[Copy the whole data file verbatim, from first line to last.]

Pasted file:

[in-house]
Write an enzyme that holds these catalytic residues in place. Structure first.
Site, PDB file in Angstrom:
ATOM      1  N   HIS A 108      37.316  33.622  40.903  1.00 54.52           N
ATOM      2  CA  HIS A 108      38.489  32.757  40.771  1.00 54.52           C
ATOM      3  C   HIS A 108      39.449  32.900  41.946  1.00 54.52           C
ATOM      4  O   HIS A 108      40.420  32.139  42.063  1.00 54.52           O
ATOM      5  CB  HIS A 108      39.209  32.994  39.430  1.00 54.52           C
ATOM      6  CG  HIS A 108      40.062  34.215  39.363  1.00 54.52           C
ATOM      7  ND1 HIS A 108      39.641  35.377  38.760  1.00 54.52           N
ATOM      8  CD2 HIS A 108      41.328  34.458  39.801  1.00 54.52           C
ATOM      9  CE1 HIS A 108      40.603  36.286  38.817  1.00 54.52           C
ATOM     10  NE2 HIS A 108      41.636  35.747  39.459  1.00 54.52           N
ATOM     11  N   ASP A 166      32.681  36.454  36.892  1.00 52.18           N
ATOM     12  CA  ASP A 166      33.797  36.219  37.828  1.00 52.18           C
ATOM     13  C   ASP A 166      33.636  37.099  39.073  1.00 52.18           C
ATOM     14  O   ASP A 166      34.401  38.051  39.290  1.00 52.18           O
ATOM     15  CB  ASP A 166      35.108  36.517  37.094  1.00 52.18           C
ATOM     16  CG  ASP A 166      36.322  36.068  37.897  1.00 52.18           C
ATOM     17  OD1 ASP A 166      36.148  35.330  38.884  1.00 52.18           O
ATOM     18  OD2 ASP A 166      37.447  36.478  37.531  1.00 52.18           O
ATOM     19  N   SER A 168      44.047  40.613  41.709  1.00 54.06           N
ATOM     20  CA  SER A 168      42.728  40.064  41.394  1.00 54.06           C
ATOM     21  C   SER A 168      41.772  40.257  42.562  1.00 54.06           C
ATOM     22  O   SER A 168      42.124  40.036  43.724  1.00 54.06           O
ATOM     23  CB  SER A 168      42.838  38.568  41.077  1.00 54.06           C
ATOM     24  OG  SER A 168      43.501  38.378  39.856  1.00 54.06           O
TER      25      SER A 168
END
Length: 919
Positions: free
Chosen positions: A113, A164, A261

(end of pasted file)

[in-house]
Write an enzyme that holds these catalytic residues in place. Structure first.
Site, PDB file in Angstrom:
ATOM      1  N   HIS A 108      37.316  33.622  40.903  1.00 54.52           N
ATOM      2  CA  HIS A 108      38.489  32.757  40.771  1.00 54.52           C
ATOM      3  C   HIS A 108      39.449  32.900  41.946  1.00 54.52           C
ATOM      4  O   HIS A 108      40.420  32.139  42.063  1.00 54.52           O
ATOM      5  CB  HIS A 108      39.209  32.994  39.430  1.00 54.52           C
ATOM      6  CG  HIS A 108      40.062  34.215  39.363  1.00 54.52           C
ATOM      7  ND1 HIS A 108      39.641  35.377  38.760  1.00 54.52           N
ATOM      8  CD2 HIS A 108      41.328  34.458  39.801  1.00 54.52           C
ATOM      9  CE1 HIS A 108      40.603  36.286  38.817  1.00 54.52           C
ATOM     10  NE2 HIS A 108      41.636  35.747  39.459  1.00 54.52           N
ATOM     11  N   ASP A 166      32.681  36.454  36.892  1.00 52.18           N
ATOM     12  CA  ASP A 166      33.797  36.219  37.828  1.00 52.18           C
ATOM     13  C   ASP A 166      33.636  37.099  39.073  1.00 52.18           C
ATOM     14  O   ASP A 166      34.401  38.051  39.290  1.00 52.18           O
ATOM     15  CB  ASP A 166      35.108  36.517  37.094  1.00 52.18           C
ATOM     16  CG  ASP A 166      36.322  36.068  37.897  1.00 52.18           C
ATOM     17  OD1 ASP A 166      36.148  35.330  38.884  1.00 52.18           O
ATOM     18  OD2 ASP A 166      37.447  36.478  37.531  1.00 52.18           O
ATOM     19  N   SER A 168      44.047  40.613  41.709  1.00 54.06           N
ATOM     20  CA  SER A 168      42.728  40.064  41.394  1.00 54.06           C
ATOM     21  C   SER A 168      41.772  40.257  42.562  1.00 54.06           C
ATOM     22  O   SER A 168      42.124  40.036  43.724  1.00 54.06           O
ATOM     23  CB  SER A 168      42.838  38.568  41.077  1.00 54.06           C
ATOM     24  OG  SER A 168      43.501  38.378  39.856  1.00 54.06           O
TER      25      SER A 168
END
Length: 919
Positions: free
Chosen positions: A113, A164, A261